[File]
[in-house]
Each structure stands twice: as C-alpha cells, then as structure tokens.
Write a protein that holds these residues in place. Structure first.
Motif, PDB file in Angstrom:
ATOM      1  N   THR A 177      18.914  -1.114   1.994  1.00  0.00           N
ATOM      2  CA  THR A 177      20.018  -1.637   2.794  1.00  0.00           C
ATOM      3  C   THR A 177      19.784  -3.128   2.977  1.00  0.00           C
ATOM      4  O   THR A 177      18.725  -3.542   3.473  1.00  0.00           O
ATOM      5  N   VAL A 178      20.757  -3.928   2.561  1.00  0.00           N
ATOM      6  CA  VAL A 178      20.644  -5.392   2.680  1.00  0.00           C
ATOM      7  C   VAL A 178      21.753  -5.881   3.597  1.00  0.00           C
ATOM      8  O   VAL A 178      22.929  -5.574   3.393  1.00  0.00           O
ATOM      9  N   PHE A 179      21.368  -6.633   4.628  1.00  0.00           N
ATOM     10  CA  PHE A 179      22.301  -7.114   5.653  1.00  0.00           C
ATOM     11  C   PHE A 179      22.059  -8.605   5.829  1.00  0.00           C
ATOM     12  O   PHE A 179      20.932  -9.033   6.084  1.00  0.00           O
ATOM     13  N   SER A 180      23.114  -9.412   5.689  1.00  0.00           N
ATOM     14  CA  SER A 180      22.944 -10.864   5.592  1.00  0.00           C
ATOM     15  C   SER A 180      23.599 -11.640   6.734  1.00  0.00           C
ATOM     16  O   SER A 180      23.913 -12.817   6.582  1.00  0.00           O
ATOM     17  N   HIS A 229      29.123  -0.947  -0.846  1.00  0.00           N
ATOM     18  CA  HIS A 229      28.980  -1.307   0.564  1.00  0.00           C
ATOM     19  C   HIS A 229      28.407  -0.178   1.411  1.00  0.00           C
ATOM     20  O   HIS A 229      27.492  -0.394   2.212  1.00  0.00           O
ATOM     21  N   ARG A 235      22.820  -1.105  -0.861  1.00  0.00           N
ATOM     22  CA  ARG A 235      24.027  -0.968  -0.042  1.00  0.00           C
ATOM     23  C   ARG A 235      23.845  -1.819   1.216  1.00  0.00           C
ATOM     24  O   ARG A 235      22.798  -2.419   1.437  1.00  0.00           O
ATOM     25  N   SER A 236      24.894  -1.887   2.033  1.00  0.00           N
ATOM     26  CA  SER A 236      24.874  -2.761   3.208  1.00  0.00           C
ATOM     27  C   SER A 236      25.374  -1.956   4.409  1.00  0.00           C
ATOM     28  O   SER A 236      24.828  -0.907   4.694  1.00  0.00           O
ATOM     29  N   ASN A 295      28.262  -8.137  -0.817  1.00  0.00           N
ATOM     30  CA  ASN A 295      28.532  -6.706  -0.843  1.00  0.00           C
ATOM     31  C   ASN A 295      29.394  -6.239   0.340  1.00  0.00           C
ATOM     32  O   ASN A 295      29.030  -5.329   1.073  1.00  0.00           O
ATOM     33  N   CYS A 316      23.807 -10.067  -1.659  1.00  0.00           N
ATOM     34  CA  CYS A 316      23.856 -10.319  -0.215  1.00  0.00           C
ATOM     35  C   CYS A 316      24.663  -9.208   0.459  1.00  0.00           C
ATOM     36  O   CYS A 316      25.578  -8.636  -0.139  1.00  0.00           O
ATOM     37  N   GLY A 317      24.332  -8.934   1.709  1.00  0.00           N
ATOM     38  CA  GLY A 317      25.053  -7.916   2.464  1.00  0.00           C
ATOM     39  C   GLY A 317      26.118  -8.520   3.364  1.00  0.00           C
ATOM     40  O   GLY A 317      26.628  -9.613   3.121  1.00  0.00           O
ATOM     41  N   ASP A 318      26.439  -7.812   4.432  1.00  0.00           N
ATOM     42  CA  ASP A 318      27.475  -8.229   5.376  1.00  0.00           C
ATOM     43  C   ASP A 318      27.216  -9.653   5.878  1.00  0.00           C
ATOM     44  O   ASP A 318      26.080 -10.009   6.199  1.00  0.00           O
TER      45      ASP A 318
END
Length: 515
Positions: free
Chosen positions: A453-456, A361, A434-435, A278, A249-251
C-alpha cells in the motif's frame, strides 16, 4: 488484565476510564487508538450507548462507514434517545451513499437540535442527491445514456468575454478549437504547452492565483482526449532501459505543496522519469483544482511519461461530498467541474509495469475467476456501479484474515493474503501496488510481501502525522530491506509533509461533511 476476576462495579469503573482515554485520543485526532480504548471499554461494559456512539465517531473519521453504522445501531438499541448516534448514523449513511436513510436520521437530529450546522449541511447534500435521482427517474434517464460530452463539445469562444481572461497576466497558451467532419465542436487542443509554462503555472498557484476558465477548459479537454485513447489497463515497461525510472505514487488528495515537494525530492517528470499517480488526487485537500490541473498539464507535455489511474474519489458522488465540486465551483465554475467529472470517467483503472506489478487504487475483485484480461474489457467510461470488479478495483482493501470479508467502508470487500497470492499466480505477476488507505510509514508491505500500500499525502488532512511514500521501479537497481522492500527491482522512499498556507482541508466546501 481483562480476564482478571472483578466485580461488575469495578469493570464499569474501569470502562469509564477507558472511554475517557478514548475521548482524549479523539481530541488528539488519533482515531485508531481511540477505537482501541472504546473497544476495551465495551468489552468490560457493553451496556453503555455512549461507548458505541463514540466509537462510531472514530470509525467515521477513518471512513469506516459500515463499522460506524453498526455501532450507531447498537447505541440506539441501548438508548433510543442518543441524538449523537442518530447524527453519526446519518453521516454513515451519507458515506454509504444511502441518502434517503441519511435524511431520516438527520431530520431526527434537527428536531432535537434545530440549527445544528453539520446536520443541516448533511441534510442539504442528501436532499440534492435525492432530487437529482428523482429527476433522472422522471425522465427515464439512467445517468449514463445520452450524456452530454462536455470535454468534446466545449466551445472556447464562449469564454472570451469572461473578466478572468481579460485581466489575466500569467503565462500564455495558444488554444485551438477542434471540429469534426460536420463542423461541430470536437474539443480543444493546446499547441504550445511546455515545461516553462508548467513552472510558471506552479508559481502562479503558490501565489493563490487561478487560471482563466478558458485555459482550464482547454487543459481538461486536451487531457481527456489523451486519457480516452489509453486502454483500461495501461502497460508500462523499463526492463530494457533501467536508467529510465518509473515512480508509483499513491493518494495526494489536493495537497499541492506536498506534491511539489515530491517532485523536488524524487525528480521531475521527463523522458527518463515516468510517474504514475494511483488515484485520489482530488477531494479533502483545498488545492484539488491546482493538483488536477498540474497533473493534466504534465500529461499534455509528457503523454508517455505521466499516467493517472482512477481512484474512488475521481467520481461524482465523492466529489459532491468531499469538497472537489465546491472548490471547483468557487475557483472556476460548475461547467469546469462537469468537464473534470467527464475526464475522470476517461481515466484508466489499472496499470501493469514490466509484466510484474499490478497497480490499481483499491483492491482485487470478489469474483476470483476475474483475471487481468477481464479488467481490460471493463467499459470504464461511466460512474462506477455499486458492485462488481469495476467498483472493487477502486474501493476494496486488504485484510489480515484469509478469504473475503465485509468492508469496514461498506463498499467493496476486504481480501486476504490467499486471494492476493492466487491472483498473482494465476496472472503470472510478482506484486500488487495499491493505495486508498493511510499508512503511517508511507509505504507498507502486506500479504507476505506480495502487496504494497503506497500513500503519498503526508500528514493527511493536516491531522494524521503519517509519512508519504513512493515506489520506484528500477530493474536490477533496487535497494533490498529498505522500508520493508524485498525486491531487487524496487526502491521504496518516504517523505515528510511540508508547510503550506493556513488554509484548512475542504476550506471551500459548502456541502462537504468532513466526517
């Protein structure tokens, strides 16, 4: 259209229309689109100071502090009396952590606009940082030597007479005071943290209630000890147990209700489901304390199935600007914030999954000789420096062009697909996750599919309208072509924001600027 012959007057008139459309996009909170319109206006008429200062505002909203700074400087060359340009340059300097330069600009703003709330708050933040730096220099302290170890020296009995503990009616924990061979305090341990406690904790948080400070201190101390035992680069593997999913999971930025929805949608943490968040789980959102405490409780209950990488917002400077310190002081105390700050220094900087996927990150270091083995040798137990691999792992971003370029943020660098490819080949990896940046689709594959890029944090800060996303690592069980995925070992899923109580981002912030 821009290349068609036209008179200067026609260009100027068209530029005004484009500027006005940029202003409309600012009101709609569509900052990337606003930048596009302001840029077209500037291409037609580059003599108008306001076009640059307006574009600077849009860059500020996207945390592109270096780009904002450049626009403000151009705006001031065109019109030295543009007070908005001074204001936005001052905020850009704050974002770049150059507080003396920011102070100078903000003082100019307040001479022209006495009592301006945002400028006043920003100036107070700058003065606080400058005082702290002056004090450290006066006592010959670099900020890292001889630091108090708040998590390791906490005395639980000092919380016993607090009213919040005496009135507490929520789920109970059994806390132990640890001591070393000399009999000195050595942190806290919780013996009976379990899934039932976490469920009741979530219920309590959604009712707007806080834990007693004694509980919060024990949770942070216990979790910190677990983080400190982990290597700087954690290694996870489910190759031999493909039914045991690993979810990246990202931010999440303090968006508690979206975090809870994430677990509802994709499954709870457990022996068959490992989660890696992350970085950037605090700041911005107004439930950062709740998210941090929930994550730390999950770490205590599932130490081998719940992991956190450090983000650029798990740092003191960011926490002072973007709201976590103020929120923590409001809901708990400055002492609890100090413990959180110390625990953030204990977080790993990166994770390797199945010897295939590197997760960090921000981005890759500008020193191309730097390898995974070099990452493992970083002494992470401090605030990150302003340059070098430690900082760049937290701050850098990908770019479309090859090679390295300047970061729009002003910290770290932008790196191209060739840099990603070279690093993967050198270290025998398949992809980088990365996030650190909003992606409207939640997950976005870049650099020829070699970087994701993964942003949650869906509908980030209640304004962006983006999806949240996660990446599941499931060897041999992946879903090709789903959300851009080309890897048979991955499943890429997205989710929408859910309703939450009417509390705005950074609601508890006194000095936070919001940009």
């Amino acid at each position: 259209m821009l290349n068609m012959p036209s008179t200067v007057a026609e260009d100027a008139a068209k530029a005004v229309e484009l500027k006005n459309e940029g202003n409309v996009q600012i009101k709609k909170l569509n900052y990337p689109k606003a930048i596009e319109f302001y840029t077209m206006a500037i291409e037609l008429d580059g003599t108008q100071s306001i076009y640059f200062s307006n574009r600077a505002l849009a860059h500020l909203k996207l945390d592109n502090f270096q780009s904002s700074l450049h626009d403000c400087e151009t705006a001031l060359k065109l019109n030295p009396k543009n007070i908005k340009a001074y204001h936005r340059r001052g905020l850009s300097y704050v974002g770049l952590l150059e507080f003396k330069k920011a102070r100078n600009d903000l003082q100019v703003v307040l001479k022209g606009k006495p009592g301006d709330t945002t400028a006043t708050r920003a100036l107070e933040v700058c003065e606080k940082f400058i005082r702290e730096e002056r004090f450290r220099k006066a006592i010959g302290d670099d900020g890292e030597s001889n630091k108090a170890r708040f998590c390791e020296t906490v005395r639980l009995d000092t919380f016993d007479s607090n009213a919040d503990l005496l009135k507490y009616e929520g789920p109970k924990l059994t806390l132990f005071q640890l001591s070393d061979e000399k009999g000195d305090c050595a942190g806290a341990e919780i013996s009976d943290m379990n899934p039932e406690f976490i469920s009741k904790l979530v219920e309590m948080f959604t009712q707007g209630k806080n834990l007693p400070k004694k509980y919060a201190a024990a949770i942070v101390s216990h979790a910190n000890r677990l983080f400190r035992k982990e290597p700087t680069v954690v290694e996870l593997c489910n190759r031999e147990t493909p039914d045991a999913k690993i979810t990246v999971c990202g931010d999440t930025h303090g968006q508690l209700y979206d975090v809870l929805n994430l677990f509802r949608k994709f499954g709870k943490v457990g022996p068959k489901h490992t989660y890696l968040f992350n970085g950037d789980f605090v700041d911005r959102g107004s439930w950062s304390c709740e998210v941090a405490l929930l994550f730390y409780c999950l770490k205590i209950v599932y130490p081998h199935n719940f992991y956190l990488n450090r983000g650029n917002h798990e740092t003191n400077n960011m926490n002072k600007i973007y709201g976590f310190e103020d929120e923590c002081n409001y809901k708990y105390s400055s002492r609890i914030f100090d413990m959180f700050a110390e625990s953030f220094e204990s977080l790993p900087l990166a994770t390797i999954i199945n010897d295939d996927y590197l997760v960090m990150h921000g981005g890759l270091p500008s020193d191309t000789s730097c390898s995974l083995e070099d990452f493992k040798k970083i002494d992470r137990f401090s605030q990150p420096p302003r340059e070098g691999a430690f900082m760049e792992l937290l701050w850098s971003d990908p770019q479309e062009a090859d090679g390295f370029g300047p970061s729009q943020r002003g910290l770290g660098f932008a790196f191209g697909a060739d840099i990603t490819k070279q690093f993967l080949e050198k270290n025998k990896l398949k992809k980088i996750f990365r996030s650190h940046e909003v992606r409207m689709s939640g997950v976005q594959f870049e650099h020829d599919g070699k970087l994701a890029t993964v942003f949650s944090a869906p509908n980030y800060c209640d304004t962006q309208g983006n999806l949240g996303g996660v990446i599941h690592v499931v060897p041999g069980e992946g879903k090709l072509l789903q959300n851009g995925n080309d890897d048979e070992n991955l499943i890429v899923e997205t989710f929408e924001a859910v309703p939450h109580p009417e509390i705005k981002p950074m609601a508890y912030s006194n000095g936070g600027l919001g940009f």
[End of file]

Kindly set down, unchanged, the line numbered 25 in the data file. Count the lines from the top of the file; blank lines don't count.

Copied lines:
ATOM     21  N   ARG A 235      22.820  -1.105  -0.861  1.00  0.00           N